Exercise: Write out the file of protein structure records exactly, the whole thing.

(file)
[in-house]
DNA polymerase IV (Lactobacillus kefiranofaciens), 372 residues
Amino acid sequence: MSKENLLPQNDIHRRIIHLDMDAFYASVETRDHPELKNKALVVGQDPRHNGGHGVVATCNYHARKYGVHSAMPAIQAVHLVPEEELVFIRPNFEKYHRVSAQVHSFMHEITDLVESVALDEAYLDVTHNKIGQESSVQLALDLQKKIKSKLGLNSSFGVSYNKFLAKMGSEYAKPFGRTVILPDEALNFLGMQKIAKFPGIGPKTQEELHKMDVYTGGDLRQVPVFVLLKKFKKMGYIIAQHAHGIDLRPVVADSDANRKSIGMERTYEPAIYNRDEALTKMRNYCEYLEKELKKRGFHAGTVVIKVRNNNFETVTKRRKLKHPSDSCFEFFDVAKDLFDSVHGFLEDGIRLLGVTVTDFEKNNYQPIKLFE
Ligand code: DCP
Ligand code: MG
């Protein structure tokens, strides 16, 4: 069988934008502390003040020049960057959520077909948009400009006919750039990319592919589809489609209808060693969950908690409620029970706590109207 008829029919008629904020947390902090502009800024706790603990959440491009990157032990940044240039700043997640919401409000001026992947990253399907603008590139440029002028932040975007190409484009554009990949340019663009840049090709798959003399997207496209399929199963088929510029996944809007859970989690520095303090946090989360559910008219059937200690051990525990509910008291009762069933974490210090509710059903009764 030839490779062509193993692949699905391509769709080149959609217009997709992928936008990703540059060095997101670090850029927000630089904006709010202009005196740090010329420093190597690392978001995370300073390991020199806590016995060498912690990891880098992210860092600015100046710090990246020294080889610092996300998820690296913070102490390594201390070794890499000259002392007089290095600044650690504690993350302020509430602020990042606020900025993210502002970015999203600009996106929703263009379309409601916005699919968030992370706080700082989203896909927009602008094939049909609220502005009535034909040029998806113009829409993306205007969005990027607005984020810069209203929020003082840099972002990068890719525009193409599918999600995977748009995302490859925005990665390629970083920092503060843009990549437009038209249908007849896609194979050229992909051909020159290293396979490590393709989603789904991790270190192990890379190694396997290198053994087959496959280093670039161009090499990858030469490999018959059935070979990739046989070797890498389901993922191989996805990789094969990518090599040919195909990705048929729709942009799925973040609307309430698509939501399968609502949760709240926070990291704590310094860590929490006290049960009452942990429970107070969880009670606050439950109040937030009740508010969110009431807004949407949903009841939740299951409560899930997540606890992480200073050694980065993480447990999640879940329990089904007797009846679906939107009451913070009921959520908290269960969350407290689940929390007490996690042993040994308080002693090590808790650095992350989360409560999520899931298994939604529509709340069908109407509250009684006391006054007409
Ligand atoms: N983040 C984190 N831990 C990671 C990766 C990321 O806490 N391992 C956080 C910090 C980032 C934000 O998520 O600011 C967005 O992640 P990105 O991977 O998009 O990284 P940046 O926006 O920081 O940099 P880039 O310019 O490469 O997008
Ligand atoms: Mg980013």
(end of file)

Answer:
[in-house]
DNA polymerase IV (Lactobacillus kefiranofaciens), 372 residues
Amino acid sequence: MSKENLLPQNDIHRRIIHLDMDAFYASVETRDHPELKNKALVVGQDPRHNGGHGVVATCNYHARKYGVHSAMPAIQAVHLVPEEELVFIRPNFEKYHRVSAQVHSFMHEITDLVESVALDEAYLDVTHNKIGQESSVQLALDLQKKIKSKLGLNSSFGVSYNKFLAKMGSEYAKPFGRTVILPDEALNFLGMQKIAKFPGIGPKTQEELHKMDVYTGGDLRQVPVFVLLKKFKKMGYIIAQHAHGIDLRPVVADSDANRKSIGMERTYEPAIYNRDEALTKMRNYCEYLEKELKKRGFHAGTVVIKVRNNNFETVTKRRKLKHPSDSCFEFFDVAKDLFDSVHGFLEDGIRLLGVTVTDFEKNNYQPIKLFE
Ligand code: DCP
Ligand code: MG
């Protein structure tokens, strides 16, 4: 069988934008502390003040020049960057959520077909948009400009006919750039990319592919589809489609209808060693969950908690409620029970706590109207 008829029919008629904020947390902090502009800024706790603990959440491009990157032990940044240039700043997640919401409000001026992947990253399907603008590139440029002028932040975007190409484009554009990949340019663009840049090709798959003399997207496209399929199963088929510029996944809007859970989690520095303090946090989360559910008219059937200690051990525990509910008291009762069933974490210090509710059903009764 030839490779062509193993692949699905391509769709080149959609217009997709992928936008990703540059060095997101670090850029927000630089904006709010202009005196740090010329420093190597690392978001995370300073390991020199806590016995060498912690990891880098992210860092600015100046710090990246020294080889610092996300998820690296913070102490390594201390070794890499000259002392007089290095600044650690504690993350302020509430602020990042606020900025993210502002970015999203600009996106929703263009379309409601916005699919968030992370706080700082989203896909927009602008094939049909609220502005009535034909040029998806113009829409993306205007969005990027607005984020810069209203929020003082840099972002990068890719525009193409599918999600995977748009995302490859925005990665390629970083920092503060843009990549437009038209249908007849896609194979050229992909051909020159290293396979490590393709989603789904991790270190192990890379190694396997290198053994087959496959280093670039161009090499990858030469490999018959059935070979990739046989070797890498389901993922191989996805990789094969990518090599040919195909990705048929729709942009799925973040609307309430698509939501399968609502949760709240926070990291704590310094860590929490006290049960009452942990429970107070969880009670606050439950109040937030009740508010969110009431807004949407949903009841939740299951409560899930997540606890992480200073050694980065993480447990999640879940329990089904007797009846679906939107009451913070009921959520908290269960969350407290689940929390007490996690042993040994308080002693090590808790650095992350989360409560999520899931298994939604529509709340069908109407509250009684006391006054007409
Ligand atoms: N983040 C984190 N831990 C990671 C990766 C990321 O806490 N391992 C956080 C910090 C980032 C934000 O998520 O600011 C967005 O992640 P990105 O991977 O998009 O990284 P940046 O926006 O920081 O940099 P880039 O310019 O490469 O997008
Ligand atoms: Mg980013």